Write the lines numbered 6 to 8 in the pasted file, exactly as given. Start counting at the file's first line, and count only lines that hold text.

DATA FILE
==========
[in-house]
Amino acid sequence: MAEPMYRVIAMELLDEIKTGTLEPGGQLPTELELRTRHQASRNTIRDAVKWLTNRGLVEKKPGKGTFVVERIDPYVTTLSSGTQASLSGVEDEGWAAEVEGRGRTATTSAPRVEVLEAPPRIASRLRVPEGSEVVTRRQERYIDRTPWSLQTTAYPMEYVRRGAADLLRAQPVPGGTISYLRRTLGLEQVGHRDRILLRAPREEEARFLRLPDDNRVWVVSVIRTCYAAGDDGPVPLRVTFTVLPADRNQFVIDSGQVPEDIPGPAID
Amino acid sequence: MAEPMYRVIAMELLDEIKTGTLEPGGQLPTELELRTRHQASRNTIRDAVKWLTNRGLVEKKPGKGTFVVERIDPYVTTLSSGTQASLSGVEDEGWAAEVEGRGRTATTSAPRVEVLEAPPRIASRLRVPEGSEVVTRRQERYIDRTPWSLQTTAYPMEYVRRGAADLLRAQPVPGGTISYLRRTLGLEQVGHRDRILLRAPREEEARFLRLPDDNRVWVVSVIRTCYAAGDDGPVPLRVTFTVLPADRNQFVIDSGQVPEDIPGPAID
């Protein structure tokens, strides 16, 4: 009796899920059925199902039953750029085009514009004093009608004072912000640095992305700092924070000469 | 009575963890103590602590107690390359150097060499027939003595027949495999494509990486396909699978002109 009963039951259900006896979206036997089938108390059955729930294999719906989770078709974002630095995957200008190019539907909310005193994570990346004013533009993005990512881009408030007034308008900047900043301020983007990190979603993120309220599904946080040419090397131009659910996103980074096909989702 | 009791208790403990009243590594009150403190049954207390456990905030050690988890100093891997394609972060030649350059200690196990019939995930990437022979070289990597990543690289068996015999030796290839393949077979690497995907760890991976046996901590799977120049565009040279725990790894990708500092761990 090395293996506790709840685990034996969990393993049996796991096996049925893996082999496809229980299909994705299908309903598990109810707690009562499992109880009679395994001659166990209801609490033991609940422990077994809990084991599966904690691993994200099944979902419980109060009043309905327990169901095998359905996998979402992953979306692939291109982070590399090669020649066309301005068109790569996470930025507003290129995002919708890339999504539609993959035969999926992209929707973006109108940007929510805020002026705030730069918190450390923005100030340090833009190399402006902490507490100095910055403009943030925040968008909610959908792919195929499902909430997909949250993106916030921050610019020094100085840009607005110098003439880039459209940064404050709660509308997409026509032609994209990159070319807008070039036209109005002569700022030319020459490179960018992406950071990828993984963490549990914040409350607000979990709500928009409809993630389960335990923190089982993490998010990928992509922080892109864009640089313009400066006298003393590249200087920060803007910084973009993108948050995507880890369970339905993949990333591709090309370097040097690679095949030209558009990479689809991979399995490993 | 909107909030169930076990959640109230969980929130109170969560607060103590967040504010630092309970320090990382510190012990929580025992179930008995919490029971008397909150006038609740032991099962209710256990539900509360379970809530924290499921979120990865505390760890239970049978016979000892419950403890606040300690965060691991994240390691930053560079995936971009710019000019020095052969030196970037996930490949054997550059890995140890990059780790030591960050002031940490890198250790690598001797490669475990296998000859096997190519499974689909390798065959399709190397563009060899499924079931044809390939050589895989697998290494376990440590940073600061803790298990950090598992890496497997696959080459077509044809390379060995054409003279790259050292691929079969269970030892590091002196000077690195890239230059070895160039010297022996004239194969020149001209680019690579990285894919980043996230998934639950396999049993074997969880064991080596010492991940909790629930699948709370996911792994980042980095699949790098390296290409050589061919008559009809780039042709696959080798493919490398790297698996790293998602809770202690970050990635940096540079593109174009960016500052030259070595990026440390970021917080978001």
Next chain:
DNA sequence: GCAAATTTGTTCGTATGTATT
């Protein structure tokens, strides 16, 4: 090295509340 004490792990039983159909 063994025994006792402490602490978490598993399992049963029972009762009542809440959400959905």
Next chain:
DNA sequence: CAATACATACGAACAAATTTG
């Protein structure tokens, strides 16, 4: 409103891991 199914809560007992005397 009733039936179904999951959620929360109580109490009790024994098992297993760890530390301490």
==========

DNA sequence: GCAAATTTGTTCGTATGTATT
């Protein structure tokens, strides 16, 4: 090295509340 004490792990039983159909 063994025994006792402490602490978490598993399992049963029972009762009542809440959400959905």
Next chain: